Andrew Richard Twigg, Portrait and Figure Painter

(d. 1810)

Portrait and Figure Painter

From A Dictionary of Irish Artists 1913

Was younger son of Richard Twigg of No, 11 Henry Street, coach and heraldic painter. He began to study art at an early age under Francis Robert West in the Dublin Society's School and made rapid progress, gaining medals for his proficiency in 1798, 1799 and 1800, and a premium in 1801. He contributed two portraits in oil to the exhibition in the Parliament House in 1802. He specially studied the Dutch and Flemish masters; his landscapes are said to have been of conspicuous merit, and his portraits could bear comparison with those of H. D. Hamilton. His early promise, however, does not appear to have been quite fulfilled. In November, 1806, he offered to the Dublin Society a whole-length portrait of General Vallancey, which he described as "the first fruits of his academic studies." It was accepted and ordered to be hung in the Board Room. In the following February Twigg petitioned the Society for aid to enable him to go to London for the purpose of improving himself in his profession, and fifty guineas were given to him to defray his expenses. In the same year, 1807, he sent to the British Institution a picture, "Girl and Pitcher."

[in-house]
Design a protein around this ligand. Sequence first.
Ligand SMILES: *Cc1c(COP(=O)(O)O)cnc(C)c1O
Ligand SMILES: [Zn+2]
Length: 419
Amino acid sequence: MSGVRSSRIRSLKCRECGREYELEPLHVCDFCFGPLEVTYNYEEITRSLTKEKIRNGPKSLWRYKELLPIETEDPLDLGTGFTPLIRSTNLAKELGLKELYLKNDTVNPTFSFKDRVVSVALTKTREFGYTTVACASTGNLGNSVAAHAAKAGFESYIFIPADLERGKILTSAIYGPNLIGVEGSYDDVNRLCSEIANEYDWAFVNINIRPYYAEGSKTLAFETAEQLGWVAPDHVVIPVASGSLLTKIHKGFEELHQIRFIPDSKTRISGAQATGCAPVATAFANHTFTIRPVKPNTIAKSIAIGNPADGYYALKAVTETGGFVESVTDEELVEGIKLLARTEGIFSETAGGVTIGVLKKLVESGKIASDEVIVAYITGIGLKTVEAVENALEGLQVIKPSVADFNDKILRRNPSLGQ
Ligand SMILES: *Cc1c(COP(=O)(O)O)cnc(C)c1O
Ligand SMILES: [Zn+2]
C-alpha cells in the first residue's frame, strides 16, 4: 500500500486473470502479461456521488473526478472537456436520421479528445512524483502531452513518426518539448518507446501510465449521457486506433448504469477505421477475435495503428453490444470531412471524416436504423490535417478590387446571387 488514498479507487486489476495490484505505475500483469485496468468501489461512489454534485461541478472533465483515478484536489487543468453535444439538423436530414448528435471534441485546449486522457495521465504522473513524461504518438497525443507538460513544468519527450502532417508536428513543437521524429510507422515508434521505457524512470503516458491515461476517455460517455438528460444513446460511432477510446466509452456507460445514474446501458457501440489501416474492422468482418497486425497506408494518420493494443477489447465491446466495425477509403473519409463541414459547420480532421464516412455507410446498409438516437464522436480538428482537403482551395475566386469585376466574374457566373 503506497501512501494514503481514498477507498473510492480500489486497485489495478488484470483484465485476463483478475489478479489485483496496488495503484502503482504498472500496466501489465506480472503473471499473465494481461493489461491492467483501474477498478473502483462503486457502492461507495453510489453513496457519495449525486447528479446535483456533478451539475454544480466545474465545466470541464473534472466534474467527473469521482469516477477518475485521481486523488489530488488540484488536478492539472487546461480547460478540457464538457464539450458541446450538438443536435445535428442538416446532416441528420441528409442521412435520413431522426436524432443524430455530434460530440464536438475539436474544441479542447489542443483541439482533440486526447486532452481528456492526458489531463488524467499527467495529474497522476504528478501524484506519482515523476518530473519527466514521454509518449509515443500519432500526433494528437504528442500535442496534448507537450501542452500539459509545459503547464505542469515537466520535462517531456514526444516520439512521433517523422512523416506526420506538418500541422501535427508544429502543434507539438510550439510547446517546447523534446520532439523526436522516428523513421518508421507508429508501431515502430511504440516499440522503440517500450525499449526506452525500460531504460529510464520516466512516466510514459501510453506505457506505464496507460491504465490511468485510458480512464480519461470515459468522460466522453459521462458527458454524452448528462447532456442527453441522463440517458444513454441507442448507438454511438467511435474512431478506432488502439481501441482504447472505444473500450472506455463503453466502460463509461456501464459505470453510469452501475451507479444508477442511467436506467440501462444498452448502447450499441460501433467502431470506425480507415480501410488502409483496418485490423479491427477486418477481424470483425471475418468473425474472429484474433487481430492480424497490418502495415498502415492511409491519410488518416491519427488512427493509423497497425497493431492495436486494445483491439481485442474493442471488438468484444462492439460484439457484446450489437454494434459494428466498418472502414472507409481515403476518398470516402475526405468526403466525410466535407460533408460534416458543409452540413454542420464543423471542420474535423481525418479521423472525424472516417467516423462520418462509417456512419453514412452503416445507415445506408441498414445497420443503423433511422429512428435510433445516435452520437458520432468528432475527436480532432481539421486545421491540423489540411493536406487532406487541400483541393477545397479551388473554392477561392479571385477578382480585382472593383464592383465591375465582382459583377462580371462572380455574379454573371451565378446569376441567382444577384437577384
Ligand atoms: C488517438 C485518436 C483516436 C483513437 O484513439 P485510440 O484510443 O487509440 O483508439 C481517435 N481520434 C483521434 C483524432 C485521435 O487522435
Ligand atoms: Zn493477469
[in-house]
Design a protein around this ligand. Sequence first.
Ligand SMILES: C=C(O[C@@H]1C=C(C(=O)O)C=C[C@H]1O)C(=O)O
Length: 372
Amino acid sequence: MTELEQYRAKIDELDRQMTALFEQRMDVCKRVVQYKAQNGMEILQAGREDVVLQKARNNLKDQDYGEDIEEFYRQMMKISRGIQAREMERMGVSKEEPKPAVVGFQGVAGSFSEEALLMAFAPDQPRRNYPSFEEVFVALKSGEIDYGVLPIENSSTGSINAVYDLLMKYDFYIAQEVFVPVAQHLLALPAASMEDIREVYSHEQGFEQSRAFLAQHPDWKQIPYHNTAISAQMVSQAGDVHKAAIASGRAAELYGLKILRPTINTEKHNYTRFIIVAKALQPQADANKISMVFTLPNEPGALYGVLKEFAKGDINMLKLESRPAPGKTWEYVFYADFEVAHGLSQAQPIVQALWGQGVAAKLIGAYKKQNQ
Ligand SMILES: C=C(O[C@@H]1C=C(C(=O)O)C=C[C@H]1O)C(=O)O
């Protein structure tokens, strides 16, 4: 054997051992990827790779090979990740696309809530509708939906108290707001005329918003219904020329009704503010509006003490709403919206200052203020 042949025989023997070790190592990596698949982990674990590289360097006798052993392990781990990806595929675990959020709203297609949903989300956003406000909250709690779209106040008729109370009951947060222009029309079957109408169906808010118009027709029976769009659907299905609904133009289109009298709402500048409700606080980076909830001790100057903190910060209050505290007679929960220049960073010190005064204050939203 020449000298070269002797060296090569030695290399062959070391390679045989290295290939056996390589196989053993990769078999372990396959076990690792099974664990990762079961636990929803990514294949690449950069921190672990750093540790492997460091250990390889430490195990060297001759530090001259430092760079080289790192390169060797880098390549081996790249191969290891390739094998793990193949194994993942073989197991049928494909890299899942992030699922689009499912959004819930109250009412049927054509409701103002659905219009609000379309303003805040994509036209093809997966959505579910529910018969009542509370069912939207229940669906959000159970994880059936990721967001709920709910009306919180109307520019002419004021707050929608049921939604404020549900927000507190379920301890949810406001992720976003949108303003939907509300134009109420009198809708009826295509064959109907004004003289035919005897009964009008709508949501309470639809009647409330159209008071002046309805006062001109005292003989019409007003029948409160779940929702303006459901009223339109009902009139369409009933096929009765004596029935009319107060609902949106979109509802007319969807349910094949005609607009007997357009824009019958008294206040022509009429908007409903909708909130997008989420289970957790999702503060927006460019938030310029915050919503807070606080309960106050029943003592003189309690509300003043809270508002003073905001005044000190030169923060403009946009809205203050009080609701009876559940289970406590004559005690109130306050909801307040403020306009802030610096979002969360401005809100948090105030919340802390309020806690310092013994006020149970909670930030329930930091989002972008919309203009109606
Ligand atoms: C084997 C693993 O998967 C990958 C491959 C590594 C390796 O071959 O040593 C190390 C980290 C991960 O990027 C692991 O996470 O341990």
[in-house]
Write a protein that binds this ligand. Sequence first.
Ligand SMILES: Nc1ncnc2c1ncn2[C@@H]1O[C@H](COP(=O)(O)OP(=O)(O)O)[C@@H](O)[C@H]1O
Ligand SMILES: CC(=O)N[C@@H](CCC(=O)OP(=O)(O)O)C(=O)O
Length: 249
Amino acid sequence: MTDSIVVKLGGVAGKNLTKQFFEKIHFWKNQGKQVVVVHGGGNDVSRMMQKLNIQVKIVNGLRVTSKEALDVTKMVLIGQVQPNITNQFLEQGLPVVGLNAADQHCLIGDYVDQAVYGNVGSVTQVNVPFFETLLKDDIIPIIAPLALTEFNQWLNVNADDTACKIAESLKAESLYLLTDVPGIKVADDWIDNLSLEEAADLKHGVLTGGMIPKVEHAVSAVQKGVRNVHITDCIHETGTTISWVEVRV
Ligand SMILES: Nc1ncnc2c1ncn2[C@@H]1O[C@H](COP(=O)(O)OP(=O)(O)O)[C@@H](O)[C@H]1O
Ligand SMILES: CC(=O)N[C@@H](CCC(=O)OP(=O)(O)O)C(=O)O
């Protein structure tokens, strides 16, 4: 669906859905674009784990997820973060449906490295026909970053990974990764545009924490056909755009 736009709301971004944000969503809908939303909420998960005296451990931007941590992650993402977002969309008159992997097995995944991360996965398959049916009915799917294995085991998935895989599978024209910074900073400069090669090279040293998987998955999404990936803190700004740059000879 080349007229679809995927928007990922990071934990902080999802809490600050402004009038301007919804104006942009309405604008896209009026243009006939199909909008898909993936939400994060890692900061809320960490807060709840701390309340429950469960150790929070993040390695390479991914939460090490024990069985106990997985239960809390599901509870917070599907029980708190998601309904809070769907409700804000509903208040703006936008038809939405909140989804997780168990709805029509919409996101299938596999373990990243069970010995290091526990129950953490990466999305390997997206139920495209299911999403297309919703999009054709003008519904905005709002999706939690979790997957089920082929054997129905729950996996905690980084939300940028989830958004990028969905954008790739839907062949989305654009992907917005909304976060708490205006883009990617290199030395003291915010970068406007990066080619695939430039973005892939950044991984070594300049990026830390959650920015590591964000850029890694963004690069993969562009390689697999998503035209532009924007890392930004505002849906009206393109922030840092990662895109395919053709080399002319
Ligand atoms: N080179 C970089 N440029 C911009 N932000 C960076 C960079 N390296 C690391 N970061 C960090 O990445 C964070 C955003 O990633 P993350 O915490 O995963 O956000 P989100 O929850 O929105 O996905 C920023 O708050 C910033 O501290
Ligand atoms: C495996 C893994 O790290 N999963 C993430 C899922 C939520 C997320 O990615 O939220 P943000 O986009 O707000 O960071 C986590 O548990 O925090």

He was back in Dublin in 1809, when he competed, unsuccessfully, for the mastership in the Dublin Society's School, vacant by the death of West, and exhibited at the Society of Artists in Hawkins Street ten pictures. Among these were a "Madonna" and "Il Penseroso," both severely criticized in the "Monthly Pantheon" of that year. At the end of the year, about Christmas, he left Dublin for London. On the journey he caught a chill, from the results of which he died, soon after his arrival, on the 24th of January, 18 10. In the same year five of his works were shown at the British Institution, including a large picture, 4 feet 1 inch by 4 feet 10 inches, "Celadon and Amelia," and at the Royal Academy his "Crossing the Stile." In 1807 he married Margaret Le Bas of Dublin. His elder brother was a captain in the 54th Regiment.

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